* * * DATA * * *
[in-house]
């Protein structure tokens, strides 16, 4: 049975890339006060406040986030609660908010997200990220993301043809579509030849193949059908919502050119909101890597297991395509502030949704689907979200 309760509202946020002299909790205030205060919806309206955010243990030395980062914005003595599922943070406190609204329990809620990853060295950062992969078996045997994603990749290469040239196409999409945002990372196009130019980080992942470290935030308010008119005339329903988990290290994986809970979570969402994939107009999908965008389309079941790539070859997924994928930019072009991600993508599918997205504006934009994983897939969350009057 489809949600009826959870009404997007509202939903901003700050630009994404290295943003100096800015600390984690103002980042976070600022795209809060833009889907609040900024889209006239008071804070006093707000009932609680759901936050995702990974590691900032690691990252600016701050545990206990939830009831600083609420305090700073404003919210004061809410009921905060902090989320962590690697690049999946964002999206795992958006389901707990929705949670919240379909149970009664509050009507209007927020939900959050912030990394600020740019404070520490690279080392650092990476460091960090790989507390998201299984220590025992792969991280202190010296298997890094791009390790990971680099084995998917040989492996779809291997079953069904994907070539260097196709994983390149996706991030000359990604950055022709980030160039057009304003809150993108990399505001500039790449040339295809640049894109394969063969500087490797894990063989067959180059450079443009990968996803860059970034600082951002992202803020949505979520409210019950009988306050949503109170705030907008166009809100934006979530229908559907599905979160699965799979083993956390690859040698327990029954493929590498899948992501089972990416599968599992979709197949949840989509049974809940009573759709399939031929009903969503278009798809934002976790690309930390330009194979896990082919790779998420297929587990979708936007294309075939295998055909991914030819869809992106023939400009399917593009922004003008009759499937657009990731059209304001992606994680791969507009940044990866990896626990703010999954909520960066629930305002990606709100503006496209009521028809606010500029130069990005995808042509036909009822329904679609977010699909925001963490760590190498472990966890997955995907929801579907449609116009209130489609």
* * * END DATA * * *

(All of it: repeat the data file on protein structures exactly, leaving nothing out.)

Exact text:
[in-house]
């Protein structure tokens, strides 16, 4: 049975890339006060406040986030609660908010997200990220993301043809579509030849193949059908919502050119909101890597297991395509502030949704689907979200 309760509202946020002299909790205030205060919806309206955010243990030395980062914005003595599922943070406190609204329990809620990853060295950062992969078996045997994603990749290469040239196409999409945002990372196009130019980080992942470290935030308010008119005339329903988990290290994986809970979570969402994939107009999908965008389309079941790539070859997924994928930019072009991600993508599918997205504006934009994983897939969350009057 489809949600009826959870009404997007509202939903901003700050630009994404290295943003100096800015600390984690103002980042976070600022795209809060833009889907609040900024889209006239008071804070006093707000009932609680759901936050995702990974590691900032690691990252600016701050545990206990939830009831600083609420305090700073404003919210004061809410009921905060902090989320962590690697690049999946964002999206795992958006389901707990929705949670919240379909149970009664509050009507209007927020939900959050912030990394600020740019404070520490690279080392650092990476460091960090790989507390998201299984220590025992792969991280202190010296298997890094791009390790990971680099084995998917040989492996779809291997079953069904994907070539260097196709994983390149996706991030000359990604950055022709980030160039057009304003809150993108990399505001500039790449040339295809640049894109394969063969500087490797894990063989067959180059450079443009990968996803860059970034600082951002992202803020949505979520409210019950009988306050949503109170705030907008166009809100934006979530229908559907599905979160699965799979083993956390690859040698327990029954493929590498899948992501089972990416599968599992979709197949949840989509049974809940009573759709399939031929009903969503278009798809934002976790690309930390330009194979896990082919790779998420297929587990979708936007294309075939295998055909991914030819869809992106023939400009399917593009922004003008009759499937657009990731059209304001992606994680791969507009940044990866990896626990703010999954909520960066629930305002990606709100503006496209009521028809606010500029130069990005995808042509036909009822329904679609977010699909925001963490760590190498472990966890997955995907929801579907449609116009209130489609």